Losing Mum and Pup by Christopher Buckley
The Longest Trip Home by John Grogan
Half Broke Horses: A True-Life Novel by Jeannette Walls

Losing Mum and Pup book cover    The Longest Trip Home book coverHalf Broke Horses book cover

 

 

 

 

 

By MPPL on May 28, 2014 Categories: Book Discussion Questions, Books, Nonfiction

Staff Pick: The Gamal by Ciarán Collins

Barb F. Staff picks photoCharlie McCarthy is known in Ballyronan village as a simpleton or gamal. In therapy for PTSD, he tells of star-crossed lovers Sinead and James, his lifelong best friends. Throughout Ciarán Collins’ The Gamal, Charlie’s unique voice weaves haunting flashbacks, insightful commentary, witty Irish dialect, and memorable characters to present a tragic storyline at an engaging pace.

By MPPL on May 27, 2014 Categories: Books, Picks by Barbara F., Staff Picks

Fiction: Revolutionary by Alex Myers

Revolutionary book coverThe year was 1782, and Deborah Samson had escaped her indentured servitude. The only way to do this was to cut her hair, wrap her chest, and dress herself in the clothes and mannerisms of men. After doing this, she became a soldier in the Continental Army. Samson – newly known as Robert Shurtliff – excelled as a soldier. Revolutionary is Alex Myers’ historical fiction debut, recounting the life of Deborah Samson, a real woman (one of many) that secretly fought in the Revolutionary War. Colonial history is given a whole new shine when seen through the eyes of this remarkable woman. If you like your historical fiction gritty, detailed, and focusing on lesser-knowns, try Revolutionary.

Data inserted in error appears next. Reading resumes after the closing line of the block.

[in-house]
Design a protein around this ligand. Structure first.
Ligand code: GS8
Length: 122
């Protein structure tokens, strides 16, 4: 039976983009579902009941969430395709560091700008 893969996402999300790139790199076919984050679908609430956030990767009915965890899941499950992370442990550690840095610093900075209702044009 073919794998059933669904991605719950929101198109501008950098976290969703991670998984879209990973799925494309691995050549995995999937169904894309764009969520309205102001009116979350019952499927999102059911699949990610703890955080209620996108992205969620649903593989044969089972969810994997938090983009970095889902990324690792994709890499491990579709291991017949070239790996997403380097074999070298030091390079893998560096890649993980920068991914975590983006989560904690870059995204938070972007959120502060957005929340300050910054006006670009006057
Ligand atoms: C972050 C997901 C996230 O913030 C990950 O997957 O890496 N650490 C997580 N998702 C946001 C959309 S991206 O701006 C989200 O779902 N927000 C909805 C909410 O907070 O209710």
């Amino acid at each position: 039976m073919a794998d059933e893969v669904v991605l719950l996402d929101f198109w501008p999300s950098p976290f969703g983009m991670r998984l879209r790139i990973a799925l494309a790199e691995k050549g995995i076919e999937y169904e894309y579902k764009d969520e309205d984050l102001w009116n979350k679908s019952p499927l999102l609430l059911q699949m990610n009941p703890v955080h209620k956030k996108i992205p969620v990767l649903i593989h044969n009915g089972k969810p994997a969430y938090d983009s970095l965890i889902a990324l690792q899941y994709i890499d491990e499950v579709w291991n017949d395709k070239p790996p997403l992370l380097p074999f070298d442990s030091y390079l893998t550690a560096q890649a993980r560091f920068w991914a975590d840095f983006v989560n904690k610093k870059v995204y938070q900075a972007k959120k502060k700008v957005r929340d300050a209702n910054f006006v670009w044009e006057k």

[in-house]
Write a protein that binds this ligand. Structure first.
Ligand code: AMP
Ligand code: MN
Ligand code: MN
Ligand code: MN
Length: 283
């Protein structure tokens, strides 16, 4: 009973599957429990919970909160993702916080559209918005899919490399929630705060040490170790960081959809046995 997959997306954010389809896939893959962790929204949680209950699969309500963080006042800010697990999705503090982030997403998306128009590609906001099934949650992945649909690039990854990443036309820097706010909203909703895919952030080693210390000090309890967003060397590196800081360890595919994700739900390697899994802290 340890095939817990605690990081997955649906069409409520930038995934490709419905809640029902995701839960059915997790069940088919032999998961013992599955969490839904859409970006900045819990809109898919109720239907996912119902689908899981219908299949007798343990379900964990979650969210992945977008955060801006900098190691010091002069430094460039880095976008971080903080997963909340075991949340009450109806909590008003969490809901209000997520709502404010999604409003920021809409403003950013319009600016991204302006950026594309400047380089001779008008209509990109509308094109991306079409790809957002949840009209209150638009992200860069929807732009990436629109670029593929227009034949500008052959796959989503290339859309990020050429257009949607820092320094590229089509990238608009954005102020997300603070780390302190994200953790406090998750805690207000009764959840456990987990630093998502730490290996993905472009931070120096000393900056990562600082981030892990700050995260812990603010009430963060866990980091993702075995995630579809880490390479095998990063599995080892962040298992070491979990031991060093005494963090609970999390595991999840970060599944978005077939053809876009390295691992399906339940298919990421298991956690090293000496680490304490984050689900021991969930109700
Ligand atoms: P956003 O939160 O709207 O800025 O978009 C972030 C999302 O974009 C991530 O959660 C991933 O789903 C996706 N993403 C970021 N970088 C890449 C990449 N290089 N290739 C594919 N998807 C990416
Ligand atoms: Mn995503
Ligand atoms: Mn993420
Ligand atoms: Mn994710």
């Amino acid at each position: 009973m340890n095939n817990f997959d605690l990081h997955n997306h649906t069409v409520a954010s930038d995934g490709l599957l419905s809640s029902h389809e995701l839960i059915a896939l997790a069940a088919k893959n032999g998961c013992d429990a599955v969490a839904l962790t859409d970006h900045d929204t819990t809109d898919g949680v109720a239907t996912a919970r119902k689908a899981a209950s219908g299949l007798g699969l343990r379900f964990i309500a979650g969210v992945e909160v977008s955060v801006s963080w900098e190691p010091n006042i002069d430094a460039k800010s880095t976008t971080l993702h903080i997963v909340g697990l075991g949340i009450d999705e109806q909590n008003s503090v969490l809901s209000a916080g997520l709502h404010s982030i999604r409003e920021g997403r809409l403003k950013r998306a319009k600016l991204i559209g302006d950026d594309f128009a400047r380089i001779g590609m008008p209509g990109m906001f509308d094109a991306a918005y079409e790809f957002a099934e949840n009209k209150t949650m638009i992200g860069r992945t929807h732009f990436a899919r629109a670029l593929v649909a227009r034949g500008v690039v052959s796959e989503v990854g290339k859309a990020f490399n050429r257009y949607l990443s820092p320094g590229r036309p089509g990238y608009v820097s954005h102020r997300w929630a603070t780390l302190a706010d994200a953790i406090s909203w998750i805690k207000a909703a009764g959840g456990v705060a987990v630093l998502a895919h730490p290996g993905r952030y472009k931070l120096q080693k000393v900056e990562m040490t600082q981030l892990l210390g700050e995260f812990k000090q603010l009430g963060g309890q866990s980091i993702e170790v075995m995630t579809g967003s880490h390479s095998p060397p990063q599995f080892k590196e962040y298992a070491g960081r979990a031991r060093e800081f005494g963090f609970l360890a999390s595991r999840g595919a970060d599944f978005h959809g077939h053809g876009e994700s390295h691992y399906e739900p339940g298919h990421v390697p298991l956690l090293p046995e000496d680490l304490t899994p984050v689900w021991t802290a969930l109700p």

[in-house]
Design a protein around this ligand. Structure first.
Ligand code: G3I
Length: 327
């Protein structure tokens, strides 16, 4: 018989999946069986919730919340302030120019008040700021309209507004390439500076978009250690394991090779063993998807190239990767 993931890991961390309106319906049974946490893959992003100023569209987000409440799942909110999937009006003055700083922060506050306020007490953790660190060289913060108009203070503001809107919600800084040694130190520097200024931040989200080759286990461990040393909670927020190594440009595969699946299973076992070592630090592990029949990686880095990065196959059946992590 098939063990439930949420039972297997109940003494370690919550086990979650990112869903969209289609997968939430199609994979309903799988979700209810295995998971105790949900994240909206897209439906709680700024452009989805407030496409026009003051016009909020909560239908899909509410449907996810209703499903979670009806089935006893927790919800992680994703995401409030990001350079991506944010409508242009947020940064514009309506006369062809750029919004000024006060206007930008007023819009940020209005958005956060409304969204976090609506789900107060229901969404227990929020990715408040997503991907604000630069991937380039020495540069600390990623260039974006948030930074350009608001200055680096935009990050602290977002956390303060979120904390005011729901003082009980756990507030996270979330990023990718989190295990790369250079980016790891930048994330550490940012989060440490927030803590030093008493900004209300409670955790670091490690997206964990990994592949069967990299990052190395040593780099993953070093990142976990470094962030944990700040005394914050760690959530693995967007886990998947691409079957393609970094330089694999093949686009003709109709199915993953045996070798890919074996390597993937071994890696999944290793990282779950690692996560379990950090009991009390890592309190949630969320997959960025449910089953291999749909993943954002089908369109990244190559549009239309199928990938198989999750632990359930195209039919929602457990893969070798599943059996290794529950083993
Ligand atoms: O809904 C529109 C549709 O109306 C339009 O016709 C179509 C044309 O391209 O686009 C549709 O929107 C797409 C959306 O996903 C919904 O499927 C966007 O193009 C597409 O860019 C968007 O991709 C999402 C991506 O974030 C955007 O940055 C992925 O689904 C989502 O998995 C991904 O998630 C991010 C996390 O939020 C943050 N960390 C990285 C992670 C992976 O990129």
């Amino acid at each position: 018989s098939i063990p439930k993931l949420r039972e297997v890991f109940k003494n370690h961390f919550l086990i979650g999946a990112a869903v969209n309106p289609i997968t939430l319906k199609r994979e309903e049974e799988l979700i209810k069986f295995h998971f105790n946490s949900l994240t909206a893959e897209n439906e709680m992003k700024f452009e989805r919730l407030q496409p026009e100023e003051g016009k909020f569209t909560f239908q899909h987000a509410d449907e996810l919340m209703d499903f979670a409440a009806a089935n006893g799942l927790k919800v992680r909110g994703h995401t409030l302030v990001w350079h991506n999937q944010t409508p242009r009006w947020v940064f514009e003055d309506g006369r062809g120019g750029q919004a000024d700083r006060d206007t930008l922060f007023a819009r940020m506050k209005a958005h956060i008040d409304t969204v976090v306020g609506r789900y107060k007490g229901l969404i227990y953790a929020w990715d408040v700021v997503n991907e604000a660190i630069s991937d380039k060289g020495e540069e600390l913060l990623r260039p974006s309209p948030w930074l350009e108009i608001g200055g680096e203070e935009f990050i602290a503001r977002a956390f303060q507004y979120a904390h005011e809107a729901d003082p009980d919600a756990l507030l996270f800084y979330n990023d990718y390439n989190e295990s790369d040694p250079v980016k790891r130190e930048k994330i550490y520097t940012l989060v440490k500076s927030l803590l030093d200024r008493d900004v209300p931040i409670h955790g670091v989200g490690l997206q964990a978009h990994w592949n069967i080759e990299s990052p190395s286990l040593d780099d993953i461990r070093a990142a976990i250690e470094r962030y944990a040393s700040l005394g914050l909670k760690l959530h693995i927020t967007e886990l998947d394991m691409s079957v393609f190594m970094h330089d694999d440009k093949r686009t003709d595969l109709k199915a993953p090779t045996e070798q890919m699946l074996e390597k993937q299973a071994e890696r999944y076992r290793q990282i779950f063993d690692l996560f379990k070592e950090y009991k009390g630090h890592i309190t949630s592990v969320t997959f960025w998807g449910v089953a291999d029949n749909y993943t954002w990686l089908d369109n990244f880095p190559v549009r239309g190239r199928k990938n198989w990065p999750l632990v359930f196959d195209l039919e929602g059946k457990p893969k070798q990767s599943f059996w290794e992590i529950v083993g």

By Readers' Advisor on May 26, 2014 Categories: Books, Historical Fiction

Fiction: Burial Rites by Hannah Kent

Burial Rites book coverIn Burial Rites, a sensual, quiet novel based on true events from early 19th-century Iceland, a housemaid is convicted of brutally murdering her master. Agnes is a sympathetic if mysterious character; abandoned in childhood and forced to fend for herself in progressively impoverished conditions, she has known only struggle. While awaiting execution, she’s sent to live with a humble country family and counseled by a young priest. Slowly, she reveals the sad path of her life leading up to her master’s death. Kent weaves together rich imagery and evocative period detail, ensuring readers feel the cold of the Icelandic winter, the pain and fear in Agnes’ heart, and the bitingly unfair treatment of the poor and condemned.